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The latest numbers on COVID-19 in Canada for Monday, Mar. 29, 2021 – OrilliaMatters

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The latest numbers of confirmed COVID-19 cases in Canada as of 4:00 a.m. ET on Monday March 29, 2021.

There are 965,404 confirmed cases in Canada.

<b>_ Canada: 965,404 confirmed cases (43,590 active, 898,934 resolved, 22,880 deaths).<sup>*</sup>The total case count includes 13 confirmed cases among repatriated travellers.</b>

There were 4,321 new cases Sunday. The rate of active cases is 114.69 per 100,000 people. Over the past seven days, there have been a total of 30,466 new cases. The seven-day rolling average of new cases is 4,352.

There were 28 new reported deaths Sunday. Over the past seven days there have been a total of 204 new reported deaths. The seven-day rolling average of new reported deaths is 29. The seven-day rolling average of the death rate is 0.08 per 100,000 people. The overall death rate is 60.2 per 100,000 people. 

There have been 27,346,309 tests completed.

<b>_ Newfoundland and Labrador: 1,016 confirmed cases (six active, 1,004 resolved, six deaths).</b>

There was one new case Sunday. The rate of active cases is 1.15 per 100,000 people. Over the past seven days, there has been two new case. The seven-day rolling average of new cases is zero.

There have been no deaths reported over the past week. The overall death rate is 1.15 per 100,000 people. 

There have been 218,755 tests completed.

<b>_ Prince Edward Island: 156 confirmed cases (12 active, 144 resolved, zero deaths).</b>

There were zero new cases Sunday. The rate of active cases is 7.52 per 100,000 people. Over the past seven days, there have been a total of eight new cases. The seven-day rolling average of new cases is one.

There have been no deaths reported over the past week. The overall death rate is zero per 100,000 people. 

There have been 123,708 tests completed.

<b>_ Nova Scotia: 1,711 confirmed cases (25 active, 1,620 resolved, 66 deaths).</b>

There were two new cases Sunday. The rate of active cases is 2.55 per 100,000 people. Over the past seven days, there have been a total of 23 new cases. The seven-day rolling average of new cases is three.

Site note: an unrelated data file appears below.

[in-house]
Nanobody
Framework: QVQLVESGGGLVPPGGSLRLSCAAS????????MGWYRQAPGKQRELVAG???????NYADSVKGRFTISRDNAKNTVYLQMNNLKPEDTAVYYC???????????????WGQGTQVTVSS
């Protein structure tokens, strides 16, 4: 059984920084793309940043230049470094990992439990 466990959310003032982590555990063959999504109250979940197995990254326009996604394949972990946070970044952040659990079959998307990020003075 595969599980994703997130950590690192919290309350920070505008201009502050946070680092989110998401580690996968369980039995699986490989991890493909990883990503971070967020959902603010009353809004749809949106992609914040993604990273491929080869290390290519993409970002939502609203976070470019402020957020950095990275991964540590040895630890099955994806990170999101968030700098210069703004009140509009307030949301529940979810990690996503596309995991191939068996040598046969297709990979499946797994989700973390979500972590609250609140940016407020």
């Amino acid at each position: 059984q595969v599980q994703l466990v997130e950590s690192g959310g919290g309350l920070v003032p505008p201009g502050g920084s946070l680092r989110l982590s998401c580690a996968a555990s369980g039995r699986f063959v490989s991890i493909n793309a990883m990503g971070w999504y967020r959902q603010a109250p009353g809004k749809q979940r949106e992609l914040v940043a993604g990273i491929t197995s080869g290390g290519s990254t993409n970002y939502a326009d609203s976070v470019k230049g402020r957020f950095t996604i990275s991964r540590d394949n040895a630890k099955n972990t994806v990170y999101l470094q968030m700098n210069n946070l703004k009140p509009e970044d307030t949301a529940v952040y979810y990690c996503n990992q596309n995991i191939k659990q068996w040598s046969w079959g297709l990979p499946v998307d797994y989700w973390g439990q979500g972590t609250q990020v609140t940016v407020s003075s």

There have been no deaths reported over the past week. The overall death rate is 6.74 per 100,000 people. 

There have been 414,886 tests completed.

<b>_ New Brunswick: 1,577 confirmed cases (115 active, 1,432 resolved, 30 deaths).</b>

There were six new cases Sunday. The rate of active cases is 14.72 per 100,000 people. Over the past seven days, there have been a total of 87 new cases. The seven-day rolling average of new cases is 12.

There have been no deaths reported over the past week. The overall death rate is 3.84 per 100,000 people. 

There have been 260,514 tests completed.

<b>_ Quebec: 308,311 confirmed cases (7,837 active, 289,827 resolved, 10,647 deaths).</b>

There were 917 new cases Sunday. The rate of active cases is 91.4 per 100,000 people. Over the past seven days, there have been a total of 5,972 new cases. The seven-day rolling average of new cases is 853.

There were two new reported deaths Sunday. Over the past seven days there have been a total of 48 new reported deaths. The seven-day rolling average of new reported deaths is seven. The seven-day rolling average of the death rate is 0.08 per 100,000 people. The overall death rate is 124.17 per 100,000 people. 

There have been 7,036,923 tests completed.

<b>_ Ontario: 343,140 confirmed cases (18,405 active, 317,408 resolved, 7,327 deaths).</b>

There were 2,448 new cases Sunday. The rate of active cases is 124.92 per 100,000 people. Over the past seven days, there have been a total of 14,266 new cases. The seven-day rolling average of new cases is 2,038.

There were 19 new reported deaths Sunday. Over the past seven days there have been a total of 86 new reported deaths. The seven-day rolling average of new reported deaths is 12. The seven-day rolling average of the death rate is 0.08 per 100,000 people. The overall death rate is 49.73 per 100,000 people. 

There have been 12,226,419 tests completed.

<b>_ Manitoba: 33,922 confirmed cases (1,179 active, 31,809 resolved, 934 deaths).</b>

There were 55 new cases Sunday. The rate of active cases is 85.48 per 100,000 people. Over the past seven days, there have been a total of 570 new cases. The seven-day rolling average of new cases is 81.

There was one new reported death Sunday. Over the past seven days there have been a total of seven new reported deaths. The seven-day rolling average of new reported deaths is one. The seven-day rolling average of the death rate is 0.07 per 100,000 people. The overall death rate is 67.72 per 100,000 people.